The M3 population of the TOMJPE2753 mutant was backcrossed to WT Micro-Tom, followed by two self-pollinations, to eliminate the mutagen-induced background mutations and obtain a BC1S2 population harboring homozygous mutated SlDELLA, renamed here as procera-2 (pro-2), which was used for a further phenotypic comparison with WT and the pro mutant. The comparison of the vegetative development revealed that the pro-2 mutant was intermediate in height between the WT and pro mutant (Fig. 4a and b). The leaf margin of pro-2 was smoother compared to WT, but the phenotypic change was less severe than pro that completely lacked the serrated edge (Fig. 4c). It has been shown that the branching architecture is altered in pro, in which growth of axillary buds is highly repressed17,25. We found that the pro-2 produced axillary buds that grow to normal branches, which was barely found in pro, particularly at far nodes from apex (Fig. 4d). It has been shown that GA overproduction or increased GA signaling suppresses root growth, particularly the lateral roots, through interactions with auxin and other hormones in Populus26. Such a side effect was clearly observed in both pro and pro-2 (Fig. 4e).
Comparison of reproductive phenotypes in the optimal growth condition (climate controlled condition) showed that both Sldella mutants produced more leaves before the first inflorescence than WT (Table 1). On the other hand, the pro mutant produces a decreased number of flowers in a truss18, which was confirmed in our study (Table 1). The pro-2 also produced fewer flowers per truss than WT, but more than that in pro. Under spontaneous self-pollination condition, both pro and pro-2 produced more fruit than WT, which most likely resulted from higher fruit set rate, while most of the fruits were smaller and seedless, i.e. parthenocarpic (Table 1 and Fig. 5a). It is interesting, however, that pro-2 exhibited significantly higher yield than pro, resulting from higher number of fruits. Although pro and pro-2 displayed efficient parthenocarpy, these mutants also produced normal seeded fruit when they were manually pollinated (Fig. 5a), although the number of seeds were reduced to approximately half of WT (Table 1). Almost all fruits spontaneously produced by pro and pro-2 were seedless, most likely due to a failure in self-pollination due to the protruded stigma from the anther.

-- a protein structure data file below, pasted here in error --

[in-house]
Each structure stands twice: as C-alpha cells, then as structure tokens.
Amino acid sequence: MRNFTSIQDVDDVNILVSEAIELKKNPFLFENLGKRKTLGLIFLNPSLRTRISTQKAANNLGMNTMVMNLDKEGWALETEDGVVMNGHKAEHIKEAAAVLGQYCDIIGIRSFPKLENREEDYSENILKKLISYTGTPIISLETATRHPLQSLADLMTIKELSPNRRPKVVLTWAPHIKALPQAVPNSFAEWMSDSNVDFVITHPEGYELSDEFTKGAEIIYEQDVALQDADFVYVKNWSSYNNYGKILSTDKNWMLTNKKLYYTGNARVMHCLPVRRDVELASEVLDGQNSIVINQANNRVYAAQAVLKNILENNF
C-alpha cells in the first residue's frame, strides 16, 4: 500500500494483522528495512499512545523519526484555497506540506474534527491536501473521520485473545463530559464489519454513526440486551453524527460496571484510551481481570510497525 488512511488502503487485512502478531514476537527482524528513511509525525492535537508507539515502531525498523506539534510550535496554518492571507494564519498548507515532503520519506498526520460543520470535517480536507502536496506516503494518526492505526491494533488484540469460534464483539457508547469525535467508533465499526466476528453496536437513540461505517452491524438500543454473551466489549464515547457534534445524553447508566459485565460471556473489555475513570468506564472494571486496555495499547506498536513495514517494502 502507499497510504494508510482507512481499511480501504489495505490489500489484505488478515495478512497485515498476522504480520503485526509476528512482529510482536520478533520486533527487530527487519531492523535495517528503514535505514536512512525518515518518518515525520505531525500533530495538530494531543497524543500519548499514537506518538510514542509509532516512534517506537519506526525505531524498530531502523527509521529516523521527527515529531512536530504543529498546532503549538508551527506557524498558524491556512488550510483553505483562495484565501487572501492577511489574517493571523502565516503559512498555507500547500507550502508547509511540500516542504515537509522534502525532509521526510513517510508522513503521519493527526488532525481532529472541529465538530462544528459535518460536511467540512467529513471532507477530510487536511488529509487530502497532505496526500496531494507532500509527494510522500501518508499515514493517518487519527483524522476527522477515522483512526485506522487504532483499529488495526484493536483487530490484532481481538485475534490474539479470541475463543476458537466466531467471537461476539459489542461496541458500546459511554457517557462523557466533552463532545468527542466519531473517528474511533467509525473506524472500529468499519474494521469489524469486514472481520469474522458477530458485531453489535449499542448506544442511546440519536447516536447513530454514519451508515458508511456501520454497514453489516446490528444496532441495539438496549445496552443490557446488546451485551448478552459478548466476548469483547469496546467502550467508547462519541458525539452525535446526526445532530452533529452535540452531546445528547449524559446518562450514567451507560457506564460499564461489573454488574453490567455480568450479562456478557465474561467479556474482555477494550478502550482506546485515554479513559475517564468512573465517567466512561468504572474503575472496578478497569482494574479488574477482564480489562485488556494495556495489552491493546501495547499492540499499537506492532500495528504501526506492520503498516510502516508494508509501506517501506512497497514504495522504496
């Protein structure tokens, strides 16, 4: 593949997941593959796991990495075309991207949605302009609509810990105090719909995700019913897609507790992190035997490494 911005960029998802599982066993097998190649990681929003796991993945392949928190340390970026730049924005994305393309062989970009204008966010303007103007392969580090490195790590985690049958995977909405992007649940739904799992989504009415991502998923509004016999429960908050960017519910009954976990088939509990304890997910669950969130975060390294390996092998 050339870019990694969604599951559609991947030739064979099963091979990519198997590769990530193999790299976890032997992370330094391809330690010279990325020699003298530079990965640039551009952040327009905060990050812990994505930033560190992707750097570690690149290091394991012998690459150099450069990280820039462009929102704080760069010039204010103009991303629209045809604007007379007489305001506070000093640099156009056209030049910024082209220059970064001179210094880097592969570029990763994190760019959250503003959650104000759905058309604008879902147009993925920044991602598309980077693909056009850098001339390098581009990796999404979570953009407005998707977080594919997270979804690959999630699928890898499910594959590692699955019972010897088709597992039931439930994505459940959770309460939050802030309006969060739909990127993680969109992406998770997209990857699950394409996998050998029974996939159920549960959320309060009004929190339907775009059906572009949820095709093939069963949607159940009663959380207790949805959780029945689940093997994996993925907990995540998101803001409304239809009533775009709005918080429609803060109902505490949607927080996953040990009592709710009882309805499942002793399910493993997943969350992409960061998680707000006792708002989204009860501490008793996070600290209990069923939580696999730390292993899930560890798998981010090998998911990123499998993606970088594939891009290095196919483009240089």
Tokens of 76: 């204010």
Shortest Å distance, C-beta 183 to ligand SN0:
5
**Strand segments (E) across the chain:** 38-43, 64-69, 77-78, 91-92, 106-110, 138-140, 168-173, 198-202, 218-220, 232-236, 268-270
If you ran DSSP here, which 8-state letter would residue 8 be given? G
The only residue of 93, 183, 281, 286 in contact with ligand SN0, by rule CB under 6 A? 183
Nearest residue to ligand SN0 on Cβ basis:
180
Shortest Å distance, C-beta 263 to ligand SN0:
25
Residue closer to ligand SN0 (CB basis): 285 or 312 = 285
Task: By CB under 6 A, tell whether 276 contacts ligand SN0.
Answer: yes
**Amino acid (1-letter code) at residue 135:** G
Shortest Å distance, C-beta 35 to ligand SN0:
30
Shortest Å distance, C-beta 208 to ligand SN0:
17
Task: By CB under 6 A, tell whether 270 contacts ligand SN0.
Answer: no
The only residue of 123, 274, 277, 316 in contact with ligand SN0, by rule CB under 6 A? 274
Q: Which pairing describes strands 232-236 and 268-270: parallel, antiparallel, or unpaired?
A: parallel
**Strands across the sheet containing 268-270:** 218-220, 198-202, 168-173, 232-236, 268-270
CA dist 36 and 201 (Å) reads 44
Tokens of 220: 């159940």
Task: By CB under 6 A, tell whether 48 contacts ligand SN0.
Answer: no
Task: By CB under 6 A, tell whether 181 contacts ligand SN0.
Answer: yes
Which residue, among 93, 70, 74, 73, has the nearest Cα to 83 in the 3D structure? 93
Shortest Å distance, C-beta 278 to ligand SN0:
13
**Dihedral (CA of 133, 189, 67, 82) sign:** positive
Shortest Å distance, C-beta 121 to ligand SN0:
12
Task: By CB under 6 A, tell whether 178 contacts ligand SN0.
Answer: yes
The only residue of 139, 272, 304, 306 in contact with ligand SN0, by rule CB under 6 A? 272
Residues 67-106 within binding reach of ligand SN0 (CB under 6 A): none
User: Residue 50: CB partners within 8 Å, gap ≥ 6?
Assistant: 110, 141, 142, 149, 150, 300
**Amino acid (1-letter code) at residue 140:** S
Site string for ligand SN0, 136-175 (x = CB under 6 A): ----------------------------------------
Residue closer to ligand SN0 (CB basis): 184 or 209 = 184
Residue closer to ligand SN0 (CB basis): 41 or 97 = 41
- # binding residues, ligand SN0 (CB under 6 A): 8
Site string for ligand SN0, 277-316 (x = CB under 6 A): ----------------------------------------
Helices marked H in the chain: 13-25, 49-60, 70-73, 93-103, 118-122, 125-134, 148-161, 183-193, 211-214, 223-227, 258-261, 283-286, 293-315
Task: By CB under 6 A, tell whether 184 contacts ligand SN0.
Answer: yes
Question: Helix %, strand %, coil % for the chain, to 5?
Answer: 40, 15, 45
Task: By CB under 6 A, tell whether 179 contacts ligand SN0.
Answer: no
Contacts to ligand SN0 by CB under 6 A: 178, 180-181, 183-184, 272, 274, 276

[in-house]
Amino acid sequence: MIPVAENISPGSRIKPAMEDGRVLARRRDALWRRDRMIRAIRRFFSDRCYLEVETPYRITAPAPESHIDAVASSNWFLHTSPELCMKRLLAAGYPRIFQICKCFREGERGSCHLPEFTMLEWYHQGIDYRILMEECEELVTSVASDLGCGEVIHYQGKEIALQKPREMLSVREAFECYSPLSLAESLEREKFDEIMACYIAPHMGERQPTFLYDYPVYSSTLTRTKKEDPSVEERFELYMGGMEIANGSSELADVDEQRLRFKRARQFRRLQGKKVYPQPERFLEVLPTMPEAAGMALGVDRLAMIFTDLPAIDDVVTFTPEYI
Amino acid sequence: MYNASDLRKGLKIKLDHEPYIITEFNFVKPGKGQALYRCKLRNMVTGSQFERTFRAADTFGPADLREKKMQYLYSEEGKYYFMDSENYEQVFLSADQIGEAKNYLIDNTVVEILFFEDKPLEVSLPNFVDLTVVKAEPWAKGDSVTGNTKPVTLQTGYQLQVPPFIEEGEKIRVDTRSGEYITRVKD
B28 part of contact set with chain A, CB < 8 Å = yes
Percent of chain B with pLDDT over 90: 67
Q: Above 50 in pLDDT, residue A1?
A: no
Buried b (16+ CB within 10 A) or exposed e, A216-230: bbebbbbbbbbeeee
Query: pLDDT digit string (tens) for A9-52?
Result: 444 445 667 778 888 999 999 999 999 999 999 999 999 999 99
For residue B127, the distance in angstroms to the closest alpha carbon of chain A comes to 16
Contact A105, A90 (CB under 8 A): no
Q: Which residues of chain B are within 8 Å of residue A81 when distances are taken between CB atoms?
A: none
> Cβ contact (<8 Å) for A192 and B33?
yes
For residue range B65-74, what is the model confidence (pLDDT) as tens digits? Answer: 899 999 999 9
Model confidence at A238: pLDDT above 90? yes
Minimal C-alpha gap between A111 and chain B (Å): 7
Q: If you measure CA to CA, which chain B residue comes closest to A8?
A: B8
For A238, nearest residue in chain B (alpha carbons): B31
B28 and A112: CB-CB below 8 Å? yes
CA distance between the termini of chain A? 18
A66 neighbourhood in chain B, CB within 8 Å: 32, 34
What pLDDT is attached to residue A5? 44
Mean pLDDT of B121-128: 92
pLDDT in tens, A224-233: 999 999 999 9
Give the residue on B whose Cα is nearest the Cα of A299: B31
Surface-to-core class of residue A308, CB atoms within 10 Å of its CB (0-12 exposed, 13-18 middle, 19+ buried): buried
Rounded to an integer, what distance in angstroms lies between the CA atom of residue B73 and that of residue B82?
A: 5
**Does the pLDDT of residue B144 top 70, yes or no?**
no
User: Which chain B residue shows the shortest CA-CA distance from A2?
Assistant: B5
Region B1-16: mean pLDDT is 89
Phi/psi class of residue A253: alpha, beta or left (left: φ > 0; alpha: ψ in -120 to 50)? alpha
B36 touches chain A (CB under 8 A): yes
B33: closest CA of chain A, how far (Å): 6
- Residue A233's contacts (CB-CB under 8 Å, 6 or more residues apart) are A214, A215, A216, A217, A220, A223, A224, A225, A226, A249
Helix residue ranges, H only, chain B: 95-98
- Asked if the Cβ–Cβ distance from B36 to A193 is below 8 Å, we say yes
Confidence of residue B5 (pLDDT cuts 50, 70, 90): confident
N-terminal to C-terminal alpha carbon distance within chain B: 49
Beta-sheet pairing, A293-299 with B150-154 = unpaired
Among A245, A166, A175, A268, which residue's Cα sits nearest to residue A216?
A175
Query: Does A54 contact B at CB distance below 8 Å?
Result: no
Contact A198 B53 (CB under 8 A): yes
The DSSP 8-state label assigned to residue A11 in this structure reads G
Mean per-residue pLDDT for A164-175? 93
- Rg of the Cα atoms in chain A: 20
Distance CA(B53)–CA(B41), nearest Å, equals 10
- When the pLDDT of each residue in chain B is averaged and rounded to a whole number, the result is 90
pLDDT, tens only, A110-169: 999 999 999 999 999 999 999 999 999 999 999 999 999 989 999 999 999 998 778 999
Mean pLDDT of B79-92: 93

A previous study showed that the Brix value, the indicative of levels of soluble solids content, of pro mature fruit is higher than that in WT18. We found that mature parthenocarpic fruit produced by both pro-2 and pro mutants had higher Brix values than seeded WT fruit (Fig. 5a,b). The quantitative analysis of sucrose, fructose and glucose in mature red fruit revealed that contents of glucose and fructose in these mutants were nine times and two to three times higher, respectively, than in WT (Fig. 5c). However, the sucrose content was comparable among the three genotypes, suggesting that the high Brix value was derived from high hexose content. In addition, we found that pro often produced mature fruit with an orange patch, which was barely observed in WT and pro-2 (Fig. 5d). This partially orange-coloration of fruits did not appear to be associated with β-carotene levels but rather with reduced levels of lycopene compared to WT pollinated and pro-2 parthenocarpic mature fruits that showed equivalent carotenoid contents (Fig. 5e).
High yield potential of Sldella mutants during a high temperature growth condition